Sandwich was hovering about Dogger Bank, and thinking of attacking De Ruyter if he took refuge in the neutral port of Bergen. He also hoped to take rich cargo of the returning East India fleet and had obtained permission from the Danes upon promise of giving them half the booty. When he heard that De Ruyter had been seen near Bergan on the 10/20th July he made for it with his whole fleet; but De Ruyter had just escaped to the south.

De Ruyter decided to try to reach the Ems past Heligoland, and if this was possible to take refuge in the Elbe or the Weser. On 23rdJuly/2nd August he met a few English ships but Sandwich was on the coast of Norway and so he was able to make straight for Holland. In his Journal he put this down to the direct assistance of God, and he reached western Ems on the same day. The buoys and beacons had been removed to prevent English attack.

On the 28th July/6th August at 3 o’clock the fleet towing its prizes adorned with their English flags in sign of triumph, anchored in the roads of Delfzijl. The news spread like wildfire throughout the whole Republic.

No Admiral had ever been given such a reception and Lowestoft was forgotten. Everyone believed that their hero would save the country from danger.

One of the prizes he had taken contained a quantity of sugar and tobacco as well as 1600lbs of elephant trunks, 682 marcs of gold to the value of nearly £20,000 and a number of other goods.

(Summary from the Life of De Ruyter by Blok)

Pedro   Link to this

“The Dutch in the East have been defeated by a Chinese pirate.”

Strange how the Chinese are regarded as pirates. Boxer in his Dutch Seaborne Empire (1600-1800) says…

The Chinese impression of the Dutch in the 17th Century was naturally influenced by the piratical attacks of the Netherlands against the Fukienese junks trading with Manila, and by forcibly kidnapping of the Chinese to help populate Batavia after Coen’s capture of Jakarta.

tyndale   Link to this

I think this guy actually is a pirate, though. The Ming dynasty had trouble controlling their huge empire, and Chinese pirates fluorished through the 17th century.

It might be Zheng Jing, whom you can read about here:
http://en.wikipedia.org/wiki/Zheng_Jing

language hat   Link to this

"Warshaw, July 17: Lubomirski and the Confederates have joined up with the King’s army; Bialenoienkow has defeated several Muscovite generals."

Brief summary of events in Eastern Europe: Ukraine had long been restive under the rule of Poland (or, to be precise, the Polish-Lithuanian Commonwealth, which up to this point had been a major power); in 1654 the Ukrainian Cossack leader Bogdan Khmelnitsky, encouraged by Tsar Alexei, had declared independence, starting a long war between Poland (aided by the Turks) and Russia. Things had been going badly for the Russians on the battlefield since 1660, but the Polish King John Casimir (Polish: Jan Kazimierz Waza) was faced with a revolt of the nobility led by Jerzy Sebastian Lubomirski, who will defeat the king's forces in August near Częstochowa (before being forced into exile in 1668). At the moment drawn-out peace negotiations are being carried on between Russia and Poland that will culminate in January 1667 in the Truce of Andrusovo, which gives Left Bank Ukraine (the eastern part) to Russia and Right Bank Ukraine to Poland. The disruption caused in Russia by the war, increasingly onerous taxation, and oppression of the peasants (who fled in massive numbers to the relative freedom of Ukrainian Cossack life) will lead in a few years to Stepan (Stenka) Razin's rebellion. Poland will continue to suffer war and rebellions and in the next century will be divided up between Russia, Prussia, and Austria.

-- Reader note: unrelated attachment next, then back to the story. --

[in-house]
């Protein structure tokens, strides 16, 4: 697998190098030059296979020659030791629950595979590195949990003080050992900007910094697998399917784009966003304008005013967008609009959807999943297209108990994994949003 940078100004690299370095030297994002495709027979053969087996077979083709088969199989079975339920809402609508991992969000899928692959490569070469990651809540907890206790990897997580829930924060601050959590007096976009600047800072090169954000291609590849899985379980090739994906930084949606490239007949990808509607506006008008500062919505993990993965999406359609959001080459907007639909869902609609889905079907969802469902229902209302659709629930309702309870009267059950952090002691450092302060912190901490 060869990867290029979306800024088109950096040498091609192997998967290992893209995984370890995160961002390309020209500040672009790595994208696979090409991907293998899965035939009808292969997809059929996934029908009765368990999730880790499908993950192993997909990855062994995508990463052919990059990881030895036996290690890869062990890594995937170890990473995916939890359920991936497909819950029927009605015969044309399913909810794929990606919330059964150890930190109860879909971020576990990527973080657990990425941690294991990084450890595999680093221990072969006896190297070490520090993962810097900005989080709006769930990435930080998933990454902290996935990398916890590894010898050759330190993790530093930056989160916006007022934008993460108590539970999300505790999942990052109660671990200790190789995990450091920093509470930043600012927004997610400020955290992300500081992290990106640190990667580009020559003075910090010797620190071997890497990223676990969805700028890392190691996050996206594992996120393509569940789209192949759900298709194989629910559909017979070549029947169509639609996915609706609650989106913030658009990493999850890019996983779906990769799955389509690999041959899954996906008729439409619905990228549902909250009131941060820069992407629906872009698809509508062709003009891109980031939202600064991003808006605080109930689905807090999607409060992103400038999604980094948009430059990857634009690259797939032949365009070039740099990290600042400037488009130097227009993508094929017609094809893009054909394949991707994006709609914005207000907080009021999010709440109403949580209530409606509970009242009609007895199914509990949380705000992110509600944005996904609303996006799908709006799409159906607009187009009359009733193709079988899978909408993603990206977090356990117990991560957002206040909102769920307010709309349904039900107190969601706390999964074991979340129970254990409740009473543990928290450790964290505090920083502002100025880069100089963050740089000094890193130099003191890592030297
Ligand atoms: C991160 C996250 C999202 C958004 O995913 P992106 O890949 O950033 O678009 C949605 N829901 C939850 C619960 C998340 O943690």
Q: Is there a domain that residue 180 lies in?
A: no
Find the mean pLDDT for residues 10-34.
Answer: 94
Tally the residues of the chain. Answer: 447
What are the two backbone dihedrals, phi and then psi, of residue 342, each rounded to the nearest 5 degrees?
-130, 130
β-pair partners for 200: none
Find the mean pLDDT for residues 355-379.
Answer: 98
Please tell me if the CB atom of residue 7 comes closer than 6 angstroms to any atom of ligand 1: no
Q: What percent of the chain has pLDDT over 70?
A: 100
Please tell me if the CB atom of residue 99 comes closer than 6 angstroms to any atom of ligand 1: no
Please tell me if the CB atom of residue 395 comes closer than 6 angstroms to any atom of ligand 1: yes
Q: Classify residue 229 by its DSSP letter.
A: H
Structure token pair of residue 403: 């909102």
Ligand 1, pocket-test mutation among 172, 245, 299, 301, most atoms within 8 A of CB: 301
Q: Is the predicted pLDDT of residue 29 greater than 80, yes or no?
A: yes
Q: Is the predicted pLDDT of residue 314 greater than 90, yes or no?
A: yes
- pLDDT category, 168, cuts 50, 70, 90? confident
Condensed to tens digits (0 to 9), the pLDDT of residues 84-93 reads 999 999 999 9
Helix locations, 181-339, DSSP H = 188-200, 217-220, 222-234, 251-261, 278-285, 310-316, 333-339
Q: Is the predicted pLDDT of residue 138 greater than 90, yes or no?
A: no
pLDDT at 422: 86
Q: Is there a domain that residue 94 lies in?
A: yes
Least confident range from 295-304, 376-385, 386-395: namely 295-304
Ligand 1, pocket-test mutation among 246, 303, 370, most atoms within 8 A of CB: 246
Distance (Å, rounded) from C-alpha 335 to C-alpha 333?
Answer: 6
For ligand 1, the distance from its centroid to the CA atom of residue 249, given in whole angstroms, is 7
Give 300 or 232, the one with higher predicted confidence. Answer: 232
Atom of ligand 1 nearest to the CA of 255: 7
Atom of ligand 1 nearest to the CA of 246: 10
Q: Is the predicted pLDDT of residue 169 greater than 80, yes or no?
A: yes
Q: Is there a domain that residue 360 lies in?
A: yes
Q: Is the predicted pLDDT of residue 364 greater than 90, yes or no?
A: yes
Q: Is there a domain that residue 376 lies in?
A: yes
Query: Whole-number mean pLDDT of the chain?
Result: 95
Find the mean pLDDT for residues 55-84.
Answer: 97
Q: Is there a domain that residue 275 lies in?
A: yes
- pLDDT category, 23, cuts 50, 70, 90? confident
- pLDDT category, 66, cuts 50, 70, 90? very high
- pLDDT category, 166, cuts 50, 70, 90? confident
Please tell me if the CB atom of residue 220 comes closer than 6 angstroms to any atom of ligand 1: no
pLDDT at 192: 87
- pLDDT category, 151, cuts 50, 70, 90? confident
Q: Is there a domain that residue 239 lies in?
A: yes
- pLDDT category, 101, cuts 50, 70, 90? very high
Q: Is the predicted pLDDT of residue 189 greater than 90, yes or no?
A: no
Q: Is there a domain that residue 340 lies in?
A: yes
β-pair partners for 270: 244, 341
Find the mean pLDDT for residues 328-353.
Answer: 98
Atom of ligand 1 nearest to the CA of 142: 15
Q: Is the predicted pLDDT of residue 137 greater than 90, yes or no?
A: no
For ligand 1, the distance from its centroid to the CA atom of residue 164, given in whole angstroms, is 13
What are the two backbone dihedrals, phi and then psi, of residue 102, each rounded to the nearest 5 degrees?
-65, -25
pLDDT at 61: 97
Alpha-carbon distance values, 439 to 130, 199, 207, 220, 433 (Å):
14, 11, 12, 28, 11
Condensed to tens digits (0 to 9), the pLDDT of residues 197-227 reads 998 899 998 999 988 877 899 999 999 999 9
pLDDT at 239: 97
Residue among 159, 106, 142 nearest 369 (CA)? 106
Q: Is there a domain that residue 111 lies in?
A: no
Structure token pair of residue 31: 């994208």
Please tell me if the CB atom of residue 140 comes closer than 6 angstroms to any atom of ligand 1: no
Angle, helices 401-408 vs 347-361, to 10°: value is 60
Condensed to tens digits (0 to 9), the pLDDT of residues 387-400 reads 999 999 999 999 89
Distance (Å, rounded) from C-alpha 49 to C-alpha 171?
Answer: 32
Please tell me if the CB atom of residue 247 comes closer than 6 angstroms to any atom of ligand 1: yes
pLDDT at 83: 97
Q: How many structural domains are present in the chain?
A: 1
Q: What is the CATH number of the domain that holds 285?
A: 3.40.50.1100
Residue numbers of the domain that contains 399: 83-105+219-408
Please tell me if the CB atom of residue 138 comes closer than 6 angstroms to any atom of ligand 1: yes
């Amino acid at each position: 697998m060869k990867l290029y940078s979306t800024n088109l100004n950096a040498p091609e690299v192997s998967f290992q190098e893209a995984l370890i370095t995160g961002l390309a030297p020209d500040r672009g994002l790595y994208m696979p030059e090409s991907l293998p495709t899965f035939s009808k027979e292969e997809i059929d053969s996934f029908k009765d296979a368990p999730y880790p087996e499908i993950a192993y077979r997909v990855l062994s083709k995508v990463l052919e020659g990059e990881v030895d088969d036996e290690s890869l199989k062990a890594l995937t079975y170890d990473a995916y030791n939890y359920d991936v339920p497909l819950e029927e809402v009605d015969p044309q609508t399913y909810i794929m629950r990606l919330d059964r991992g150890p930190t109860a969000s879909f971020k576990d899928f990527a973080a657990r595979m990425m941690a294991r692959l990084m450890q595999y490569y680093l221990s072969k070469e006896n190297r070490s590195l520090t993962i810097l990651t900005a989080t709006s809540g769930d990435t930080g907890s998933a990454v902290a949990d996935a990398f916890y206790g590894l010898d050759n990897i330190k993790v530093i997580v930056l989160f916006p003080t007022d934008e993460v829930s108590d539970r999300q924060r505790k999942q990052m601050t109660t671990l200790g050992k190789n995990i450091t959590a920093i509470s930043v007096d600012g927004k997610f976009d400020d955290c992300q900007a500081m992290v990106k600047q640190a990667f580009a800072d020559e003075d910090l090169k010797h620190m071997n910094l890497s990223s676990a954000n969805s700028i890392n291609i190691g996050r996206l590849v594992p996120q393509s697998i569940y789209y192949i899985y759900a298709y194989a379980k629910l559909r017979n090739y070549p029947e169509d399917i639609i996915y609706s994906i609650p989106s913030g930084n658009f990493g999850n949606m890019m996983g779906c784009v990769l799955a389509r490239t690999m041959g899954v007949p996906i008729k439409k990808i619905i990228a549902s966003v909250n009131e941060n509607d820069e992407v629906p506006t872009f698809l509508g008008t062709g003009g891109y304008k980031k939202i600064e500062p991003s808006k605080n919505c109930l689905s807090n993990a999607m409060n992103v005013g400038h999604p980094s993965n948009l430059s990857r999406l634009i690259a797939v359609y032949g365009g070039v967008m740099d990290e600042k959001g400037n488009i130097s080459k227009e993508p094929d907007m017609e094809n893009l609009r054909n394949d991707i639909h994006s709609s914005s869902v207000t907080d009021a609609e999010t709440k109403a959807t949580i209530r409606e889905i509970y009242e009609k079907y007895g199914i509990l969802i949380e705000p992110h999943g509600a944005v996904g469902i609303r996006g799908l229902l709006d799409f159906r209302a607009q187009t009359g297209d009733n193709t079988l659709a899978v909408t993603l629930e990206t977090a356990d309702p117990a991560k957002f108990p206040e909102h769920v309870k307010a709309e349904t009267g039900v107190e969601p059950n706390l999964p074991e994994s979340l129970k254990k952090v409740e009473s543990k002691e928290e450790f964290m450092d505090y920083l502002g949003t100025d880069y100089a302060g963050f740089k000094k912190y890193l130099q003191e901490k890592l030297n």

I have no idea who "Bialenoienkow" might be.

CGS   Link to this

here be all them's that believe ye shall NOT steal?
freedom of the seas then dominion over all that crawl....

Australian Susan   Link to this

Reading the account of the girls levitating the boy took me back [**] years to when I was 10 and doing this by candlelight in a friend's cellar. Quite scary. And I too had no idea this was so old. We used to chant in a voice just above a whisper:(repeating round the group) "she looks pale, she is pale, she looks cold, she is cold, she looks dead, she is dead, raise her"

Weddings used to be rowdy affairs in medieval times and it was Puritan influences beginning in the 16th century which sobered things up. Sam was expecting a lot of boisterous play with garters and ribbons and so on, but no such luck. He did get to kiss (salute) the bride and then get another kiss in once she had been put to bed. And him in his red suit AND gold buttons AND gold lace. (and also no Bess.....)

"sad" means grave, not miserable.

Australian Susan   Link to this

Time of Marriage

You had to be married before 2.30. There's a whole plot line developed around this in Hardy's Far From the Madding Crowd.

dirk   Link to this

JWB - cannonical hours - "would they have chosen times when both hands of the clock rising, or is this a pecular notion around these parts?"

I've never heard of this custom, but it probably wasn't in use in the 17th c. - for the simple reason that it was only in the mid 17th c. that clocks were fitted with a second (minutes) hand...

Robert Gertz   Link to this

"Hurry, Hewer. We've only seconds to..."

Sir?

"Right, seventeenth century. We've less than a minute to spare!"

Andrew Hamilton   Link to this

May I add, to the general admiration of this entry for its lively detail about the wedding day, my appreciation of Sam's writing on to give (as he often did) his monthly/quarterly summary of the affairs of his life and community. The change in focus from the minute to the overview is particularly effective here.